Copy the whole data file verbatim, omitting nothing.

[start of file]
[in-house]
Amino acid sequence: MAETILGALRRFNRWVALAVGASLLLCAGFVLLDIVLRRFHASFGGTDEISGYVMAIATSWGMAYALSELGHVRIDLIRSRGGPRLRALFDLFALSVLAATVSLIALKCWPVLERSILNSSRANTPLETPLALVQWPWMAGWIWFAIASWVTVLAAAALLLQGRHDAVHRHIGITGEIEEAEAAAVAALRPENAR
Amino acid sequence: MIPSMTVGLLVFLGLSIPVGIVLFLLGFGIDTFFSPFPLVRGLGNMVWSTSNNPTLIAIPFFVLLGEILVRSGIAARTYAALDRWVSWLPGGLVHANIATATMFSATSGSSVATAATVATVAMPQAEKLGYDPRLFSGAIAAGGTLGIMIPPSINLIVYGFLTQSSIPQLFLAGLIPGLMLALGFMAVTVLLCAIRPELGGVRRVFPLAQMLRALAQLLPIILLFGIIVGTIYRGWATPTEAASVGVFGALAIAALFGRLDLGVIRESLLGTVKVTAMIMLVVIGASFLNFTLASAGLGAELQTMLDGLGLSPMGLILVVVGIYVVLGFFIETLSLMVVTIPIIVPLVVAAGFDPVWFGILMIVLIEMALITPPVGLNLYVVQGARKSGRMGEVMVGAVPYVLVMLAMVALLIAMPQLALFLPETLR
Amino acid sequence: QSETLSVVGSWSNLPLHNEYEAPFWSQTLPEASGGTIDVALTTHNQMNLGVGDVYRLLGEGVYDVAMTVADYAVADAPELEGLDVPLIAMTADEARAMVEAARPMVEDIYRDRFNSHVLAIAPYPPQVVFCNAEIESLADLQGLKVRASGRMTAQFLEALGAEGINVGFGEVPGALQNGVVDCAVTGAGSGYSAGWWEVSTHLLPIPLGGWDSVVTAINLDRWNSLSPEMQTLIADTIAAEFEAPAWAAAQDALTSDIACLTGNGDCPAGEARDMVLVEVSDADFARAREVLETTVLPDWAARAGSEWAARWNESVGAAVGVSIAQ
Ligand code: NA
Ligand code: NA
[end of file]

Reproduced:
[in-house]
Amino acid sequence: MAETILGALRRFNRWVALAVGASLLLCAGFVLLDIVLRRFHASFGGTDEISGYVMAIATSWGMAYALSELGHVRIDLIRSRGGPRLRALFDLFALSVLAATVSLIALKCWPVLERSILNSSRANTPLETPLALVQWPWMAGWIWFAIASWVTVLAAAALLLQGRHDAVHRHIGITGEIEEAEAAAVAALRPENAR
Amino acid sequence: MIPSMTVGLLVFLGLSIPVGIVLFLLGFGIDTFFSPFPLVRGLGNMVWSTSNNPTLIAIPFFVLLGEILVRSGIAARTYAALDRWVSWLPGGLVHANIATATMFSATSGSSVATAATVATVAMPQAEKLGYDPRLFSGAIAAGGTLGIMIPPSINLIVYGFLTQSSIPQLFLAGLIPGLMLALGFMAVTVLLCAIRPELGGVRRVFPLAQMLRALAQLLPIILLFGIIVGTIYRGWATPTEAASVGVFGALAIAALFGRLDLGVIRESLLGTVKVTAMIMLVVIGASFLNFTLASAGLGAELQTMLDGLGLSPMGLILVVVGIYVVLGFFIETLSLMVVTIPIIVPLVVAAGFDPVWFGILMIVLIEMALITPPVGLNLYVVQGARKSGRMGEVMVGAVPYVLVMLAMVALLIAMPQLALFLPETLR
Amino acid sequence: QSETLSVVGSWSNLPLHNEYEAPFWSQTLPEASGGTIDVALTTHNQMNLGVGDVYRLLGEGVYDVAMTVADYAVADAPELEGLDVPLIAMTADEARAMVEAARPMVEDIYRDRFNSHVLAIAPYPPQVVFCNAEIESLADLQGLKVRASGRMTAQFLEALGAEGINVGFGEVPGALQNGVVDCAVTGAGSGYSAGWWEVSTHLLPIPLGGWDSVVTAINLDRWNSLSPEMQTLIADTIAAEFEAPAWAAAQDALTSDIACLTGNGDCPAGEARDMVLVEVSDADFARAREVLETTVLPDWAARAGSEWAARWNESVGAAVGVSIAQ
Ligand code: NA
Ligand code: NA